Uber the top
Uber Hawaii's recent social media cry for protection against what it characterizes as crippling government regulation is going way uber the top for a $17 billion company that is, in fact, just another big business trying to maintain its profit margin.
Above: A Portland protest against Uber’s efforts to block similar regulatory legislation in Oregon, led by the taxi cab companies of the city.
Uber Hawaii, the local branch of the mobile-app-based transportation network company Uber, has put out a cry for help via email newsletter and social media push over a bill working its way through the legislature. Here’s what their personalized email plea looks like:
As you know, in less than a year since launching, ridesharing services like uberX are helping to connect thousands of residents and visitors to safe, reliable ride all over Oahu and Maui and providing income opportunities to hundreds of Hawaii residents.
Unfortunately, Uber is under threat of being shut down in Hawaii. Next week, your Senator will be voting on the fate of Uber in Hawaii.
Will you help us save Uber Hawaii?
The bill in question is SB1280 (now an SD1) which “Requires the public utilities commission to regulate transportation network companies and transportation network company drivers,” and “Establishes insurance requirements and qualifications for persons who operate or serve as drivers for transportation network companies.”
*Gasp!* Oh no Uber!
Heaven forbid your drivers be required to carry commercial vehicle insurance (the same thing taxi cab drivers carry). After all, when you become explicitly responsible for the safety of commercial passengers, having insurance is the last thing you’d want, right?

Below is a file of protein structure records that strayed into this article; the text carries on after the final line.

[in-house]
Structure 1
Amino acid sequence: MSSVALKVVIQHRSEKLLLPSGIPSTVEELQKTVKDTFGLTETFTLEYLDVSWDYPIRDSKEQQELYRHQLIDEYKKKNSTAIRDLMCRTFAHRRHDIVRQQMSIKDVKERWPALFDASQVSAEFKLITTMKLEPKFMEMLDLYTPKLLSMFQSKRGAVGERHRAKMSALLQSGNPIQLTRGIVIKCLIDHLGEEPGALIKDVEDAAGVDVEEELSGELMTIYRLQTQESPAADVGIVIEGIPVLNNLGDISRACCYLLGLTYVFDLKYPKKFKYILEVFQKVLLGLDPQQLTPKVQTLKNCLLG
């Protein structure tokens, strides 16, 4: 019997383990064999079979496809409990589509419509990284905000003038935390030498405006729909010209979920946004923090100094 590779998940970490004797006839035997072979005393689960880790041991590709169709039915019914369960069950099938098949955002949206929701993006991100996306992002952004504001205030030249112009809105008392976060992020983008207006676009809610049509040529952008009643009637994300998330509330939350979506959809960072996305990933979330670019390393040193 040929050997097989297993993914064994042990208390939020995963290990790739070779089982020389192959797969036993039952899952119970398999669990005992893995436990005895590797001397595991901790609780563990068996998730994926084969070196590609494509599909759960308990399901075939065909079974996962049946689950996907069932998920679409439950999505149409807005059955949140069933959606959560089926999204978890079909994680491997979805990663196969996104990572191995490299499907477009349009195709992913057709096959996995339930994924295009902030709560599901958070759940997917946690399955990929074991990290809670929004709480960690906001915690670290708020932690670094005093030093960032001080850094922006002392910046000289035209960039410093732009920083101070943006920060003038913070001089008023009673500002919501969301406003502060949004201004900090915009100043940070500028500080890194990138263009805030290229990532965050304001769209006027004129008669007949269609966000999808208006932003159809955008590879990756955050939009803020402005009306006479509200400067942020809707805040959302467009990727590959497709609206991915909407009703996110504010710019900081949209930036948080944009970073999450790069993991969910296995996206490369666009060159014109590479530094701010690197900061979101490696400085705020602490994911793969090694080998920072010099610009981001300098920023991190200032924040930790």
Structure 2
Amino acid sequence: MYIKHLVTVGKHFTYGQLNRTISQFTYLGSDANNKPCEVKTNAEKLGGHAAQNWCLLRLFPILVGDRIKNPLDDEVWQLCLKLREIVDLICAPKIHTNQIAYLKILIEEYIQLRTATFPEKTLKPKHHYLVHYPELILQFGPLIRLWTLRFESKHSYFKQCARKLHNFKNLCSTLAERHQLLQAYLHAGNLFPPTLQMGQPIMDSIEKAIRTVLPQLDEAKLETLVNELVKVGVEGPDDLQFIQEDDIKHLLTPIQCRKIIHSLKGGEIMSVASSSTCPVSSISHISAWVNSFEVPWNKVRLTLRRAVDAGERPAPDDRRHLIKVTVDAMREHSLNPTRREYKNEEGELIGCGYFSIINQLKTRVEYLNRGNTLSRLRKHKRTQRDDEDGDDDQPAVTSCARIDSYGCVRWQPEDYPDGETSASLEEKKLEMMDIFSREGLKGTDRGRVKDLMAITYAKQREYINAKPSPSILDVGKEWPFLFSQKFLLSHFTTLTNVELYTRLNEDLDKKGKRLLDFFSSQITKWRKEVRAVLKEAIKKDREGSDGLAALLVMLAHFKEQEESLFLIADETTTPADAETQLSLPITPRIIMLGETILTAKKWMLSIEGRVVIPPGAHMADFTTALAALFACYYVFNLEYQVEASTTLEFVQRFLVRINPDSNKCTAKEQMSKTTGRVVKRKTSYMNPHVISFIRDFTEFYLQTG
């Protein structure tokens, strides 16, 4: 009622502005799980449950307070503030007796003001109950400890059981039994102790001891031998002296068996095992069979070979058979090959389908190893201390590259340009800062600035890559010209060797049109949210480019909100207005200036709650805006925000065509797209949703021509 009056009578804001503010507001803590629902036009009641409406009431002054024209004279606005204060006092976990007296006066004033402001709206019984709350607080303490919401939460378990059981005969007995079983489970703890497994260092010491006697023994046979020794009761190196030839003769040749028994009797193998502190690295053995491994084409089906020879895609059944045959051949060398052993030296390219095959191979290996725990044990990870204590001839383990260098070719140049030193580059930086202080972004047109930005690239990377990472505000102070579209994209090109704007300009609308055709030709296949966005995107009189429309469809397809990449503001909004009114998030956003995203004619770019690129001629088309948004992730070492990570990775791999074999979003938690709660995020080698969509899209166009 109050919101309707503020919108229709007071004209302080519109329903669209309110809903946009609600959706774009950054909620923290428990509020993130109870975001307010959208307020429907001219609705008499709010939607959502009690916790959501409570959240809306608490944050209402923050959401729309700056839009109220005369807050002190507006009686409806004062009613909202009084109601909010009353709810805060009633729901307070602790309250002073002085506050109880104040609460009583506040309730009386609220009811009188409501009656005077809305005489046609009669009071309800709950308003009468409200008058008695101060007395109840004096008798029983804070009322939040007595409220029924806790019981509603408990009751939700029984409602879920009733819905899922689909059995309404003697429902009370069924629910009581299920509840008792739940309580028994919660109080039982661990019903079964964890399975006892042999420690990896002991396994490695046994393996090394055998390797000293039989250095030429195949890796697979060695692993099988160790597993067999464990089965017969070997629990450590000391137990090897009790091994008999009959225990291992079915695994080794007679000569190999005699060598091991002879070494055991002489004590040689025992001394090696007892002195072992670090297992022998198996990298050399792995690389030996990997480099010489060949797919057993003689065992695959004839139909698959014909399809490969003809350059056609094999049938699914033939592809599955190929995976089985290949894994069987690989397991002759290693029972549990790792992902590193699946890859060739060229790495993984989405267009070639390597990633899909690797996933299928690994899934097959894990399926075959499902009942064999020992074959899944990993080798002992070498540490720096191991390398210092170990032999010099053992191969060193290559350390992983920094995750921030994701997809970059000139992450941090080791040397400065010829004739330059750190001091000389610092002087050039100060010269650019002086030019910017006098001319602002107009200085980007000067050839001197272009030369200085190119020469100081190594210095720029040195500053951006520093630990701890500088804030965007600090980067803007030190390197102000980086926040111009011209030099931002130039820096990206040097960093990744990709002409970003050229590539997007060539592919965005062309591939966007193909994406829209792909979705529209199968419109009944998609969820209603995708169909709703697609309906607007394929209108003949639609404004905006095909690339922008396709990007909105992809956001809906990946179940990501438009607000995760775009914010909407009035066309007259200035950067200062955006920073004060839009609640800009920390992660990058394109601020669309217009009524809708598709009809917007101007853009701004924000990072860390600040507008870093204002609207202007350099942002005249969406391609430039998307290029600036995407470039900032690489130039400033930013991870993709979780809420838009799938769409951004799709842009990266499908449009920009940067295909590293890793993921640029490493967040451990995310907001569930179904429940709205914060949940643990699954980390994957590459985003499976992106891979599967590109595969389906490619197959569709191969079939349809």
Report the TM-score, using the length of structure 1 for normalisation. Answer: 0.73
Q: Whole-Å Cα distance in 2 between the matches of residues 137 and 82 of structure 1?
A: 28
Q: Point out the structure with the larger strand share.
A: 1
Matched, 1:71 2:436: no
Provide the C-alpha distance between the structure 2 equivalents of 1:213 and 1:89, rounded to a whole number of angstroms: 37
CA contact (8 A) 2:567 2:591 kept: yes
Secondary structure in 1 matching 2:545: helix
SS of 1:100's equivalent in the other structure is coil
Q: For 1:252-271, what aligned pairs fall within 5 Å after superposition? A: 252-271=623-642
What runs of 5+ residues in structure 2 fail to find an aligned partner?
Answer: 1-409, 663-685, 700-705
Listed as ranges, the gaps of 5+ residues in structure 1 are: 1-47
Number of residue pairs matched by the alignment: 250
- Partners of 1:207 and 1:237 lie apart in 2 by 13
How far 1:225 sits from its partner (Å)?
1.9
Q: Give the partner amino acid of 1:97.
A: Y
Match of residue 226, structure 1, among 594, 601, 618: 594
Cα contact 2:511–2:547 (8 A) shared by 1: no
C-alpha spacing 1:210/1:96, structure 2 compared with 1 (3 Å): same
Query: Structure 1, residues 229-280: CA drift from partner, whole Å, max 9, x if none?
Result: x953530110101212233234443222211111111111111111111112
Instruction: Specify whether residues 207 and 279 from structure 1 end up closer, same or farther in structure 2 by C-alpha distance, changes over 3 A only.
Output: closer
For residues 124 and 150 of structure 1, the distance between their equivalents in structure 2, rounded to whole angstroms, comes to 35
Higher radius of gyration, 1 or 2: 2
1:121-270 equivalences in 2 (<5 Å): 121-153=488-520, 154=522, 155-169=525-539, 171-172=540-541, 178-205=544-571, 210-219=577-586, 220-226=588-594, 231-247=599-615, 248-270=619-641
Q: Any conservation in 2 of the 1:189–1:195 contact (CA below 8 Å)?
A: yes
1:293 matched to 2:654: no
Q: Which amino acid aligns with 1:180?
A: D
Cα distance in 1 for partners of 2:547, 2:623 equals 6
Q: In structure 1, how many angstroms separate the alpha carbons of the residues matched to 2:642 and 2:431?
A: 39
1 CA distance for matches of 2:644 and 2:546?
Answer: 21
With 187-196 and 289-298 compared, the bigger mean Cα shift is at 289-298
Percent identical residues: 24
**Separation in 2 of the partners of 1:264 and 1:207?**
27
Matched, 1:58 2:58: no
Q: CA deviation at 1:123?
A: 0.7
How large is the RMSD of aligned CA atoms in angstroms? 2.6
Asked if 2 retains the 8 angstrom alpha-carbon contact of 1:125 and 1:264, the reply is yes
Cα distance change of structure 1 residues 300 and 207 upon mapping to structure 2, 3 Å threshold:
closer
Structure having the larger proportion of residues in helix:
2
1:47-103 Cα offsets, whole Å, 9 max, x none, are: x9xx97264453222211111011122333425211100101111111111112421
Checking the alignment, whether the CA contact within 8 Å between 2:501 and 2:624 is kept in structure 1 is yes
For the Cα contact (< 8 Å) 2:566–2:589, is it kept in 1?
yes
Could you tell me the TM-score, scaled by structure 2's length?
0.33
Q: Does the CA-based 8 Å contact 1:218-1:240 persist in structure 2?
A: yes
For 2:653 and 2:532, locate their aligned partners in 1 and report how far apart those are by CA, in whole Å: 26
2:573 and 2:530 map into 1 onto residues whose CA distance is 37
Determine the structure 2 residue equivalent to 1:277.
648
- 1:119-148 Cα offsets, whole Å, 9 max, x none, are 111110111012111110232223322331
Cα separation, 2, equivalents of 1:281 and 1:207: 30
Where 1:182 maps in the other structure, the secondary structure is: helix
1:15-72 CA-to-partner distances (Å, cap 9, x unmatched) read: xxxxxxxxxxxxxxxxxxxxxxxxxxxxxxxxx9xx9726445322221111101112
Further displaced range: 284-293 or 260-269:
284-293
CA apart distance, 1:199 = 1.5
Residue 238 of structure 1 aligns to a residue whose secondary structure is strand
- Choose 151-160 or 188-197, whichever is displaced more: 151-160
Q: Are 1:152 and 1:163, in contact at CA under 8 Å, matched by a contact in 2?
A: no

Not only is insurance good for the customer, it’s also important for Uber’s drivers to get commercial vehicle insurance that covers their vehicles against damage and theft, as well as personal injury. Some Uber drivers in Hawaii are also taxi drivers and may already possess this kind of insurance. But there’s no requirement to have insurance to start driving for Uber:
Got a car? Turn it into a money machine. The city is buzzing and Uber makes it easy for you to cash in on the action. Plus, you’ve already got everything you need to get started.
And why shouldn’t transportation network companies like Uber be regulated? Uber clocked in at a $17 billion valuation last summer, and that was up from a roughly $3 billion valuation the year before that. They’re not a struggling start-up. They’re a big company, with drivers operating all over the world. And almost everywhere that they’ve appeared, they’ve rubbed folks the wrong way by assuming that the markets in those areas would adapt to fit them, rather than tailoring their model to fit the market.
Suck it up, Uber. You are not “under threat of being shutdown,” only under threat of being regulated like everyone else. Your cry for help comes off as a populist plea, along the same lines as the call that went out last year to mobilize our nation’s netizens to defend net neutrality. Really though, it’s just another example of a big company whining about controls on the free market (read: their ability to make money). Will it cost Uber some money to make sure that its drivers are insured? Yes. Will public utilities commission regulation affect Uber’s bottom line? Yes. Will any of that “force” Uber to shut down? Only if it’s of Uber’s own volition, perhaps as a way to punish Hawaii residents for failing to support the principle of unregulated business.
SB1280 has crossed over and been scheduled for a House Committee on Transportation hearing on Wednesday at 10 a.m. in room 309. This same committee deferred the House companion bill (HB1287) more than a month ago.